A.J. Walker


March 2023

A Woman Called Malaria

A Woman Called Malaria: What's In A Name?

I met Malaria working in a trendy bar in the city. She was a nice young woman. Confident, bubbly & attentive and efficient at her job - which largely comprised getting me drinks from the bar. In the quieter moments we had the opportunity to talk a little, which is how I discovered her name was Malaria - her colleagues at the bar called her Mel, apparently under the instruction of the manager who thought periodically shouting out “malaria” across the busy bar would not necessarily be a good thing for the customers.

She's actually in the second year of her medical degree at the university, and her job was need to help her through her studies as the grant she gets from her country is very small and he parents are not wealthy enough to help her much. She said she was enjoying being in a foreign country and loved the chance to meet very different people. She had never been abroad before gaining the chance to study here.

I asked how her parents had come to name her Malaria. And it turned out it wasn’t her given name. I found this slightly comforting if a little confusing. The name was apparently the last one in a long line of English language names she had used. Malaria had previously gone under the name Joy, and before that there was Sapphire, Crystal and Ruby. She was from a small country in the Far East which had a tonal language and she explained that Westerners usually had great difficulty in saying even one short word correctly - let alone learn the language - so it was common practice amongst people who worked with Westerners at all that they would adopt English names. She told me her given name and after several minutes of trying to repeat it she confirmed that I didn’t get very close at all. Commonly those with their short term Anglicised names would also rotate them over time. She'd had a few lasting less than a week before being jettisoned.

Right now she was a medical student named after a disease which kills millions world wide. Did she not consider the irony, I asked, and had she not considered changing it to something less lethal? She laughed coyly at this point and her eyes suggested that she enjoyed the question. It was her longest held name, she said. She’d chosen it at 18 and had it for two and a half years now. It had been a word she’d read and liked the sound of. It was purely on the sound as she hadn’t known then what it was when she’d first read it years previously. Her previous names had been based on beauty, colours, and maybe even; like Ruby, Sapphire, and Crystal. But Malaria was all about the sound. She shrugged, sometimes words changed meanings over time, maybe she was ahead of the curve.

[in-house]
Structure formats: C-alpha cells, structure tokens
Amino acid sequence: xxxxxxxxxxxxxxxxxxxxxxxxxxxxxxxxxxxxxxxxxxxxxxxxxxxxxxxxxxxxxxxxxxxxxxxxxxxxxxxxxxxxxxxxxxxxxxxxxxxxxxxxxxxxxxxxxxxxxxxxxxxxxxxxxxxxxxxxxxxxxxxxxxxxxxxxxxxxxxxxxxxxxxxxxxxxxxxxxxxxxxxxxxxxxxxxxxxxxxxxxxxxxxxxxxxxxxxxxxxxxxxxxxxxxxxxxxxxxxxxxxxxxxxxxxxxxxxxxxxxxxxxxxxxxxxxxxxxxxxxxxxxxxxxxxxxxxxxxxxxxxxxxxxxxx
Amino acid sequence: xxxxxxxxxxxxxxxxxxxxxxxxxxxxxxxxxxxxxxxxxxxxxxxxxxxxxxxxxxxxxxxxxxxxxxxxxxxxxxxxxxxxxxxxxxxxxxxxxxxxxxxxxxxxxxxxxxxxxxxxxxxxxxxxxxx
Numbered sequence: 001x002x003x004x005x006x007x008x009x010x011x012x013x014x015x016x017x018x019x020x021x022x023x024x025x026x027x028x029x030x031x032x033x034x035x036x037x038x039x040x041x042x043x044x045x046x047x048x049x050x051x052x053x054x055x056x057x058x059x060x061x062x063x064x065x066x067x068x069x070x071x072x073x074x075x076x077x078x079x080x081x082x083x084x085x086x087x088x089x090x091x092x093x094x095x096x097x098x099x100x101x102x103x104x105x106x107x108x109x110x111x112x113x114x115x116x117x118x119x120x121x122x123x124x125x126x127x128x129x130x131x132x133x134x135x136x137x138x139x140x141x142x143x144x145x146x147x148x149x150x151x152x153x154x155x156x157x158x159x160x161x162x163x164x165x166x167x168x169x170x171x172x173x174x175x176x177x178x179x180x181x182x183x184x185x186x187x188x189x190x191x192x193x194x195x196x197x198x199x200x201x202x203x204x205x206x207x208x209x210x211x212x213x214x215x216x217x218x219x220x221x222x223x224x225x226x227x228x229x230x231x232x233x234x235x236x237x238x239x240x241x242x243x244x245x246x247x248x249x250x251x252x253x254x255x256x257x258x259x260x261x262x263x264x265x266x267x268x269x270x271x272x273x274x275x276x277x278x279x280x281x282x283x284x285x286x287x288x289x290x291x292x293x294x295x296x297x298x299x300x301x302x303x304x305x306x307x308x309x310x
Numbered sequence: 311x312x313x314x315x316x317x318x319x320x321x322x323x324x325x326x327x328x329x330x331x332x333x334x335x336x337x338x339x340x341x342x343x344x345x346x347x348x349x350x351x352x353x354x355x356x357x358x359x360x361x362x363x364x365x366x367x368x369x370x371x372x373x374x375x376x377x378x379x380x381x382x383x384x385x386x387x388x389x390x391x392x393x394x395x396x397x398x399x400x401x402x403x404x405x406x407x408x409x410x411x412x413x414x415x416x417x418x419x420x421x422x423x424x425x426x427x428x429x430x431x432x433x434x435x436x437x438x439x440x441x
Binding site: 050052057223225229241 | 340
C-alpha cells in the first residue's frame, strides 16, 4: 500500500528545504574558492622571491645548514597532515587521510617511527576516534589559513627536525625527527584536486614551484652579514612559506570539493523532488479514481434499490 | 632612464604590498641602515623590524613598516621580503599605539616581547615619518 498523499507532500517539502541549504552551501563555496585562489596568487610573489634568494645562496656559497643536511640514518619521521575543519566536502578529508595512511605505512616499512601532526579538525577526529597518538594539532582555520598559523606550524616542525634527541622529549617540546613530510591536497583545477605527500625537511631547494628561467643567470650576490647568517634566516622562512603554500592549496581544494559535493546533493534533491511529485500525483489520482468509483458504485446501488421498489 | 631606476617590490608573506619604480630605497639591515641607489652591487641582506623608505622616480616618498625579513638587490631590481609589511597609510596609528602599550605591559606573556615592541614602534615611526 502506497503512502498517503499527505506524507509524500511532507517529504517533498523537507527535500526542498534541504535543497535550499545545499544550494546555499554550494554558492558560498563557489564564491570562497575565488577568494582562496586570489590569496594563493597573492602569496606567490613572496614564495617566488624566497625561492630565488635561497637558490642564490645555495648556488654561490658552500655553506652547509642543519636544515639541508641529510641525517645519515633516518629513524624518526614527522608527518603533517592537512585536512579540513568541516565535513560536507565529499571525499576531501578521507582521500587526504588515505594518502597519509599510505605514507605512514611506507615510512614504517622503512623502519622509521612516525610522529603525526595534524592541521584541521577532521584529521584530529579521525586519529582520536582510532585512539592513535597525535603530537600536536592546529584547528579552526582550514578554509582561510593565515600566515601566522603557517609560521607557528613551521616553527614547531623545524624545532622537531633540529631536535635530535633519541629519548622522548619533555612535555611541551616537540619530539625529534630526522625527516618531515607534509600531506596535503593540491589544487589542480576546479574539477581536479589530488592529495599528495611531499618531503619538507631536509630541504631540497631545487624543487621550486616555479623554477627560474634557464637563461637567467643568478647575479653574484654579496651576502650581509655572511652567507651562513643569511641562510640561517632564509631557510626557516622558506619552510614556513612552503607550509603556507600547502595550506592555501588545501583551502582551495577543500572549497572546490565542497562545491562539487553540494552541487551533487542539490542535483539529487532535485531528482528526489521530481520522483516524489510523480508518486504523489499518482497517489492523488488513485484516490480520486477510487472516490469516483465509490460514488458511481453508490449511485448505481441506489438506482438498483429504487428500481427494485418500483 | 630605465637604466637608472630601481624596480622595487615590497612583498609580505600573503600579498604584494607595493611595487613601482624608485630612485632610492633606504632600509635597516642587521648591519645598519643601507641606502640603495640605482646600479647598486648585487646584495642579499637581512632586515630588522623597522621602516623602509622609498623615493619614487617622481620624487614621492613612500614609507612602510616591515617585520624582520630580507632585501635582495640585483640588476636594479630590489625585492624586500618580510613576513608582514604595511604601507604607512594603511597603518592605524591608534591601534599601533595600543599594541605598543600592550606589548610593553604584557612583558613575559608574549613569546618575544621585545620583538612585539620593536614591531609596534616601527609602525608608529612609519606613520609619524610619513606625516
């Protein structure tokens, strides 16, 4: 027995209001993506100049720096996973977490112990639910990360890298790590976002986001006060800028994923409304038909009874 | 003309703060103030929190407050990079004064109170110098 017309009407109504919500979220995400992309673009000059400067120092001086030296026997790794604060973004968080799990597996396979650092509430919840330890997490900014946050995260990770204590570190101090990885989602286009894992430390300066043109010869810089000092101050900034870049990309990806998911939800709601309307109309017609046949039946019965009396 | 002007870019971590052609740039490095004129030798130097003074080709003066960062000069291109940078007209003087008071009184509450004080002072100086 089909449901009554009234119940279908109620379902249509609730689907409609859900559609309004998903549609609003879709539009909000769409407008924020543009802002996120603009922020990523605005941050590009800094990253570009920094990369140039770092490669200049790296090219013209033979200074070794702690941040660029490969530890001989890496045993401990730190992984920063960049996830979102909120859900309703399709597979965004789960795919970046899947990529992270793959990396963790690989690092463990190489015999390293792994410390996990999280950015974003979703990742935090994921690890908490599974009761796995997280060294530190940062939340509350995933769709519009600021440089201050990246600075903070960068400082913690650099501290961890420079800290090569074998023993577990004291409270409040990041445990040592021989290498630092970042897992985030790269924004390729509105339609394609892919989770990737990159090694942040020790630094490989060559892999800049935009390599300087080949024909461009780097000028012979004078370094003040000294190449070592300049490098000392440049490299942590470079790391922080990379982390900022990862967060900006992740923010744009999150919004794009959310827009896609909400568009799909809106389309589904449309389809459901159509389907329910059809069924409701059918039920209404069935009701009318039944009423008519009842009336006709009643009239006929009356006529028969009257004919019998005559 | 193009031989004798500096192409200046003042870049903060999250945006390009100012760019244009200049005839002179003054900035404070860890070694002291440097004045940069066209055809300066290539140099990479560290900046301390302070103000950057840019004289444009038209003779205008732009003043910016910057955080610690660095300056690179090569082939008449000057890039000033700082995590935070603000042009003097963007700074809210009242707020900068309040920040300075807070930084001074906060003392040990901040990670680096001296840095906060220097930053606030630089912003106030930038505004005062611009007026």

Perhaps she is. Now I’m wondering what I’d call myself this week if I could change my name at will. Perhaps I’ll be Stout, or Porter, then again maybe I should follow Malaria’s path and pick a disease name or maybe a treatment? Yes, for this week anyway, call me Benzo. Benzo Diazapan.

Suspiciously Unsuspicious

Suspiciously Unsuspicious

In the early hours of March 14th it was reported that Mr Graham Donatello (62) of 11B Dockland Terrace was found quite dead in the grounds of the Great Hall on Constitution Hill. He had previously been seen during the day by several eye witnesses consulted by journalists of The Vision, including in fact our very own Editor, Simon De Mieville Jr, and the Chief Sports writer (and Saturday columnist), George Pressley III. Both reported that Mr Donatello was in decidedly good cheer, which was supported by others who saw him, and are in “deep shock” at the news of his sudden death.

The former great procrastinator and bon viveur was found by three children from the area, who cannot be named because of their youth. They are the two sons and the daughter of Mr Vivian Park-Reynolds and Ms Charley Simpson, his former young maid of long blonde hair and a reportedly open disposition. The children are said to be in good cheer despite their early morning surprise. Indeed all went into school later in the day to pass on the details of their grisly findings to their school colleagues and teachers. We can but marvel at the resilience of youth.

Donatello was found hanging from one of the tallest trees in the park and the attending police officers - a Seargant Strong and PC Gormless, were quoted as saying “there were no mysterious circumstances” (in the death of Graham Donatello). This journalist though could not help but notice that there were no signs of dirt on his hands despite or his smart, well fitting suit. This seems surprising as there was no ladder or other way of getting up the tree apart from climbing it. He also was wearing only one shoe and there was no evidence of the other one having been found inside the park; or in the tree. PC Gormless suggested that perhaps before the children had come along a ladder thief had been past.

It is also noted that Graham had been in a very bright spotlight in recent times with his short term wrangling - including within the pages of this veritable establishment - with the current Government over their handling of the unknowable miscreants affair and the apparent disregard of certain laws by multiple patrons of the State; and it should be said by some representatives within the Cabinet.

We await the findings of the city’s coroner on the sad death of Mr Donatello, but it is hoped by this paper that Dr Cliff Heraldston does recuse himself from investigating the case given his extremely close ties to the Government: he is of course married to Marjorie Nom De Plume, the mysterious & extremely high profile Secretary of State for Contentious Decisions (her of the “Discerning smile whilst she drives a dagger through your ribs” fame - in the words of ex-colleague and now ex MP Mr Richard Hardyman).

Whilst we wait we will not be holding our breathes - and neither should you. RIP Bon Viveur.